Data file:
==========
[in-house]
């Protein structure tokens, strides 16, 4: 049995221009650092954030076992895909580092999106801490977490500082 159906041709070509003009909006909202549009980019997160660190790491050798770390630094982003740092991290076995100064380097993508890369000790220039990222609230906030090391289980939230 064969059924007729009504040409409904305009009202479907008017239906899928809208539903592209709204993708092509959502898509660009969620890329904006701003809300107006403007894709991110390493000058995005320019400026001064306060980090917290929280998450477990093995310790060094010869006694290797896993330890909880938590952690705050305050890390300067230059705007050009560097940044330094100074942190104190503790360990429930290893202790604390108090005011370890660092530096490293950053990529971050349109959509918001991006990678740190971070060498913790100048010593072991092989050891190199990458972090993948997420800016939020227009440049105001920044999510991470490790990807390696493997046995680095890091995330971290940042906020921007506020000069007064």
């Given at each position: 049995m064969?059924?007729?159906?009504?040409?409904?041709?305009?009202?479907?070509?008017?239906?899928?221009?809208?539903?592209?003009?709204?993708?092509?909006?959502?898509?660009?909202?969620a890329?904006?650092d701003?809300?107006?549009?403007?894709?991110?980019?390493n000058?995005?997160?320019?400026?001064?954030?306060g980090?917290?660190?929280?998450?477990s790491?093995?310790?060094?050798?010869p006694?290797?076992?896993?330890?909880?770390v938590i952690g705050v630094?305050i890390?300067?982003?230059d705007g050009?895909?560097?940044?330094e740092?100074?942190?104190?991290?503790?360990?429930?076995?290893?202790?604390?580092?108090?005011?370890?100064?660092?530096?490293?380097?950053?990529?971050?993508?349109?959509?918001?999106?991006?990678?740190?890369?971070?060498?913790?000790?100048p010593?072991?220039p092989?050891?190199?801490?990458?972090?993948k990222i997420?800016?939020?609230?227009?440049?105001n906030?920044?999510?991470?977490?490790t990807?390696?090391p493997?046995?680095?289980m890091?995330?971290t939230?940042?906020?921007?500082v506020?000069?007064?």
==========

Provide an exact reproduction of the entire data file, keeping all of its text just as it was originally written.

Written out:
[in-house]
């Protein structure tokens, strides 16, 4: 049995221009650092954030076992895909580092999106801490977490500082 159906041709070509003009909006909202549009980019997160660190790491050798770390630094982003740092991290076995100064380097993508890369000790220039990222609230906030090391289980939230 064969059924007729009504040409409904305009009202479907008017239906899928809208539903592209709204993708092509959502898509660009969620890329904006701003809300107006403007894709991110390493000058995005320019400026001064306060980090917290929280998450477990093995310790060094010869006694290797896993330890909880938590952690705050305050890390300067230059705007050009560097940044330094100074942190104190503790360990429930290893202790604390108090005011370890660092530096490293950053990529971050349109959509918001991006990678740190971070060498913790100048010593072991092989050891190199990458972090993948997420800016939020227009440049105001920044999510991470490790990807390696493997046995680095890091995330971290940042906020921007506020000069007064």
């Given at each position: 049995m064969?059924?007729?159906?009504?040409?409904?041709?305009?009202?479907?070509?008017?239906?899928?221009?809208?539903?592209?003009?709204?993708?092509?909006?959502?898509?660009?909202?969620a890329?904006?650092d701003?809300?107006?549009?403007?894709?991110?980019?390493n000058?995005?997160?320019?400026?001064?954030?306060g980090?917290?660190?929280?998450?477990s790491?093995?310790?060094?050798?010869p006694?290797?076992?896993?330890?909880?770390v938590i952690g705050v630094?305050i890390?300067?982003?230059d705007g050009?895909?560097?940044?330094e740092?100074?942190?104190?991290?503790?360990?429930?076995?290893?202790?604390?580092?108090?005011?370890?100064?660092?530096?490293?380097?950053?990529?971050?993508?349109?959509?918001?999106?991006?990678?740190?890369?971070?060498?913790?000790?100048p010593?072991?220039p092989?050891?190199?801490?990458?972090?993948k990222i997420?800016?939020?609230?227009?440049?105001n906030?920044?999510?991470?977490?490790t990807?390696?090391p493997?046995?680095?289980m890091?995330?971290t939230?940042?906020?921007?500082v506020?000069?007064?």